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The Kalash People of Pakistan

10th June 2014

Tom LaRue recently travelled to Pakistan with Wild Frontiers. Below he talks about the time he spent visiting the Kalash people.

An interesting part of our trip was the two days with the Kalash, an obscure culture in the Hindu Kush mountains. In a strongly Muslim country, they are animists, worshipping many gods and spirits. Their foundation myth is that they are descendants of Greek soldiers left behind by Alexander the Great. They grow grain and vegetables in the valleys and herd sheep and cattle in the mountains. Extended families live in small one or two room homes. Houses are built of alternating layers of cedar logs and uncemented slate; this loose structure vibrates in earthquakes, but does not collapse. The village has a large building used for a school, meeting hall and funerals. There is a building for women in childbirth or during menstruation, while they are "impure". Girls can elope and wives are free to leave their husbands for a better man. This keeps husbands in line; women and girls are treated much better than in the surrounding Muslim communities.

Despite Pakistan's laws against liquor, the Kalash produce an araq, distilled from fermented mulberries. Drinking it straight tastes like it would take the rust off an old axle. Diluted 1:5 with fruit juice however, I found it very comforting.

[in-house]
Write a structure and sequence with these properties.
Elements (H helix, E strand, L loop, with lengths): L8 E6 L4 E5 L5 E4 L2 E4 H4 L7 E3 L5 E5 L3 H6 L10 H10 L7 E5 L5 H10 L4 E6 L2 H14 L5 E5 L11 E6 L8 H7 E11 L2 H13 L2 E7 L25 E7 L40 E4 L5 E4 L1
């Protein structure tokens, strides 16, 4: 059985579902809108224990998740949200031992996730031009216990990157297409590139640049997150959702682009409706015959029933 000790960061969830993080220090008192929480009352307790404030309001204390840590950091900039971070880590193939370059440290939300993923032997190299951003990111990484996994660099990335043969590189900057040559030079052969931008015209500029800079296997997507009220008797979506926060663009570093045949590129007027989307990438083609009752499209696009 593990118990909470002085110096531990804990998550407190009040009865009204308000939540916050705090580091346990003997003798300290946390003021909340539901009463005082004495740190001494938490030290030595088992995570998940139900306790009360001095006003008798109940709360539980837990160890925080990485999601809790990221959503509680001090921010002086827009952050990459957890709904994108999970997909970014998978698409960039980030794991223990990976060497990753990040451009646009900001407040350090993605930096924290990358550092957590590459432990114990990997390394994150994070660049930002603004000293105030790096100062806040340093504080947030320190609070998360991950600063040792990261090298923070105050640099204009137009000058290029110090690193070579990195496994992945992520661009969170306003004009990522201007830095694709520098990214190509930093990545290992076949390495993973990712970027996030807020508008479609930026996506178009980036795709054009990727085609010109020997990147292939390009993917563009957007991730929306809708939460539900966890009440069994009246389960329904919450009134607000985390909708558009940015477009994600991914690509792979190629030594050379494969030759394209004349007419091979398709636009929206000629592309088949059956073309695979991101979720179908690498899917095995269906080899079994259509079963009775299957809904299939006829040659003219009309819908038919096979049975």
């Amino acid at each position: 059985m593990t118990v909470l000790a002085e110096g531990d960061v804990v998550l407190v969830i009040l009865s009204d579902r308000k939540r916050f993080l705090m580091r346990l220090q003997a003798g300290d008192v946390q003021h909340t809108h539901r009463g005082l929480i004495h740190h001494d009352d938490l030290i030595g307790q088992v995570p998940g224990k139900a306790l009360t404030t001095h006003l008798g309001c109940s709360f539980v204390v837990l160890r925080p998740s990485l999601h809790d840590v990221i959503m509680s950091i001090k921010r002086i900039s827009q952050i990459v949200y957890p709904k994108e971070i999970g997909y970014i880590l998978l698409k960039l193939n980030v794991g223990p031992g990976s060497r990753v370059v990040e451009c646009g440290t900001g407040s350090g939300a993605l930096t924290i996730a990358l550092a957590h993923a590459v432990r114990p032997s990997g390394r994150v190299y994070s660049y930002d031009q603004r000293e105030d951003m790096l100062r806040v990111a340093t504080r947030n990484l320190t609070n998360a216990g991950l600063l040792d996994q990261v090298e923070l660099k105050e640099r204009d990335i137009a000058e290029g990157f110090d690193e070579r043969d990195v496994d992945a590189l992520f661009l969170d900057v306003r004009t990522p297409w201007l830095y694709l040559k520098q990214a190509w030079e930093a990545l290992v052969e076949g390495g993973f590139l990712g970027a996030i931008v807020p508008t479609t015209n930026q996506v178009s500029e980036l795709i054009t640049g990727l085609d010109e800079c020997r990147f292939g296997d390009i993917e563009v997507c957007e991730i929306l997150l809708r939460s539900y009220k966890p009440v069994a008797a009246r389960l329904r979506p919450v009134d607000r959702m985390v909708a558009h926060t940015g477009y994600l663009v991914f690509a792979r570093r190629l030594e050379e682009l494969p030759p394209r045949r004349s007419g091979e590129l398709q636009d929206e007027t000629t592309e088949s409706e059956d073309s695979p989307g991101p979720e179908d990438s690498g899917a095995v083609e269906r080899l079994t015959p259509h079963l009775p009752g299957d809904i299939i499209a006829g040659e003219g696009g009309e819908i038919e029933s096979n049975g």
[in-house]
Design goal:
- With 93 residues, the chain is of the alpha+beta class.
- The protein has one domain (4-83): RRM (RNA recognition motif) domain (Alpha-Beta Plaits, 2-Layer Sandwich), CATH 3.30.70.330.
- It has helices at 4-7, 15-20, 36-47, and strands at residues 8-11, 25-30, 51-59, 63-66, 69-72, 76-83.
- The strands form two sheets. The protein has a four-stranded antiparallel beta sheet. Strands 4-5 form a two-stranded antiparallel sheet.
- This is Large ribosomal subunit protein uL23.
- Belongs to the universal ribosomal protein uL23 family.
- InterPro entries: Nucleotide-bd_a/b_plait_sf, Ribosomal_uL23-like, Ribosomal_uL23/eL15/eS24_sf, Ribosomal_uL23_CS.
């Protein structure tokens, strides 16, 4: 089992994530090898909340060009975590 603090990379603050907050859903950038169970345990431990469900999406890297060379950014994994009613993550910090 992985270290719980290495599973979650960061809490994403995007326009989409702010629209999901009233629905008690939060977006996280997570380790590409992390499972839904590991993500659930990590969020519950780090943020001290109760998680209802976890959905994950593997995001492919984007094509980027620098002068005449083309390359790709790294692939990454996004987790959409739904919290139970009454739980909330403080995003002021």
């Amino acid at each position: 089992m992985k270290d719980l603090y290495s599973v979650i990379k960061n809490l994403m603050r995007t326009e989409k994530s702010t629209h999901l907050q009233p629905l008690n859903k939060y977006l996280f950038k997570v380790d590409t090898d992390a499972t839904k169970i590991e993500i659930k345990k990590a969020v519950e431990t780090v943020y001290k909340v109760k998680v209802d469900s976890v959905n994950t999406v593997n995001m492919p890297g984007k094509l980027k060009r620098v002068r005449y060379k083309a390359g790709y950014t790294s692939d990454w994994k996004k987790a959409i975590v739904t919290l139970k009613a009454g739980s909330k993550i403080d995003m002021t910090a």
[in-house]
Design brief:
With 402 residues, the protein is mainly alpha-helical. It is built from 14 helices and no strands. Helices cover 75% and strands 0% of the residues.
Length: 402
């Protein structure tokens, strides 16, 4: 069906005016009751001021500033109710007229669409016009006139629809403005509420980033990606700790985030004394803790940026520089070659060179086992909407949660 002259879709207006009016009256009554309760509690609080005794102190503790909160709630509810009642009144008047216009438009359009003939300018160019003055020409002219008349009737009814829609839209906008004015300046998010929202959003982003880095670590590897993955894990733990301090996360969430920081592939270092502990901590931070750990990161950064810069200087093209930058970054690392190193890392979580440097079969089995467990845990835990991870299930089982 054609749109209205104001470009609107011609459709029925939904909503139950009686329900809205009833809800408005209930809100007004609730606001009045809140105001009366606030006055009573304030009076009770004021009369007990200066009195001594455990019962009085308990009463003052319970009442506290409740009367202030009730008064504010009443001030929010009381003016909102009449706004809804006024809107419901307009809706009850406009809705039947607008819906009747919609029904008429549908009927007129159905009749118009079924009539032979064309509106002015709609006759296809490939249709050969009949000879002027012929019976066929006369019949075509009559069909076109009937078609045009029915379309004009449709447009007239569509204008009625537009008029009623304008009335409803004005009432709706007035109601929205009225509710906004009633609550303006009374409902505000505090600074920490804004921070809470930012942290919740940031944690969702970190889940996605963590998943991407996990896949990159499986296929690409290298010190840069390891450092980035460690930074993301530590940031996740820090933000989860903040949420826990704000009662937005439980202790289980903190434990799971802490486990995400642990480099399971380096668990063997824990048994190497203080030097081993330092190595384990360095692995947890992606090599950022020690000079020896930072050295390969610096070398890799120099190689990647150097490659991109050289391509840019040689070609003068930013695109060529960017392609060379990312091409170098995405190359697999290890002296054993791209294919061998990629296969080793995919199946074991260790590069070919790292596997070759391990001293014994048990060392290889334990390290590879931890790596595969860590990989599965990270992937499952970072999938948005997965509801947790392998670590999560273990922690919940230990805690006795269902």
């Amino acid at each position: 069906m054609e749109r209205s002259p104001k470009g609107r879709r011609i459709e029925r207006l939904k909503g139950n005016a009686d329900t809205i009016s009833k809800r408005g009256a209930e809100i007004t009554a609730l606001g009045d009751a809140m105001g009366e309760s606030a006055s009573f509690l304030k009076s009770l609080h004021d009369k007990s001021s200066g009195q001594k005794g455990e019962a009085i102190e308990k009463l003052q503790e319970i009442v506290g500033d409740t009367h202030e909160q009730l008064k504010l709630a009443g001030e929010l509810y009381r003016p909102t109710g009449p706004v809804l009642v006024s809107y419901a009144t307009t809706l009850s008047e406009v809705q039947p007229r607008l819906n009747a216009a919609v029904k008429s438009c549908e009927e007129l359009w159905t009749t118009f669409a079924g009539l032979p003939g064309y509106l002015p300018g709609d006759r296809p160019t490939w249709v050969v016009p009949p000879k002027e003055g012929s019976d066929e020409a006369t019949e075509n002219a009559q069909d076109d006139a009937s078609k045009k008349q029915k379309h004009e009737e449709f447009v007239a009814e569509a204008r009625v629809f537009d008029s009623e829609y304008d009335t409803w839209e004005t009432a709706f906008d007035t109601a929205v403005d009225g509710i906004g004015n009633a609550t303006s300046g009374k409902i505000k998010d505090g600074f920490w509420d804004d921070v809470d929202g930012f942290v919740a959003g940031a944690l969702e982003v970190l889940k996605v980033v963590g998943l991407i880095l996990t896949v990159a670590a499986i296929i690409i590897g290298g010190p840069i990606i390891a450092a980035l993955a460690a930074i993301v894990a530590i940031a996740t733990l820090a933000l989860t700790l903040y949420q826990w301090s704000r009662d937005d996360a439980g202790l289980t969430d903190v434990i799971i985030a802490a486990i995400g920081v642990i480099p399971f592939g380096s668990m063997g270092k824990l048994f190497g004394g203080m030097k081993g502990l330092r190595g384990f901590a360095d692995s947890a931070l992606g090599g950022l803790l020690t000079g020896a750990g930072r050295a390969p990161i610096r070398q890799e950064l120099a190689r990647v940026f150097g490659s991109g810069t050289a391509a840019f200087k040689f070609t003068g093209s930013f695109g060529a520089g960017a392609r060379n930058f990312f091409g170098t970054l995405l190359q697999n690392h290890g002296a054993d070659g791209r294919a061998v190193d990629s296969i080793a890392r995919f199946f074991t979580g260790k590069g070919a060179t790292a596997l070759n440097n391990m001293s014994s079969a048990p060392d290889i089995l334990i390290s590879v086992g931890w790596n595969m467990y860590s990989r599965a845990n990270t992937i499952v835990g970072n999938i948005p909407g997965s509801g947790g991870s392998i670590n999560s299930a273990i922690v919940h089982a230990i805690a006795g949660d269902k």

The most striking feature of the Kalash is the female clothing. All day, every day; I do not understand how they keep it so clean and bright in a dusty environment. When "dressing up" they merely add bead necklaces. They have maintained independence for centuries by living in obscure remote valleys, which are hard to reach, but now the government is building roads into the mountains.

We went by "road", which was actually a trail wide enough for the jeep, to the village of Balanguru in a valley with about 2000 people. We stayed in a pretty basic guesthouse where the hot water came in a bucket in the morning. The people were very hospitable and we attended their Spring festival. Occasionally the women would form a semi-circle and chant. The main accompaniment to the line dancing was drums, which ranged from sedate to vigorous. At the end of the festivities, a shaman came waving a willow sapling. The villagers, separated by gender, joined him by waving willow branches to drive away bad sprits.

As they became exposed to the outside world, the Kalash were coerced into conversion to Islam, resulting in their numbers plummeting. More recently, the Pakistani government discovered that the Kalash might become a tourist attraction and passed regulations to "protect" them. I don't think this cynical act will make much difference. Intermarriage, the temptation to find a better life in cities and pressure to conform to the dominant culture will continue. I think we saw a way of life about to be snuffed out.

Tom LaRue

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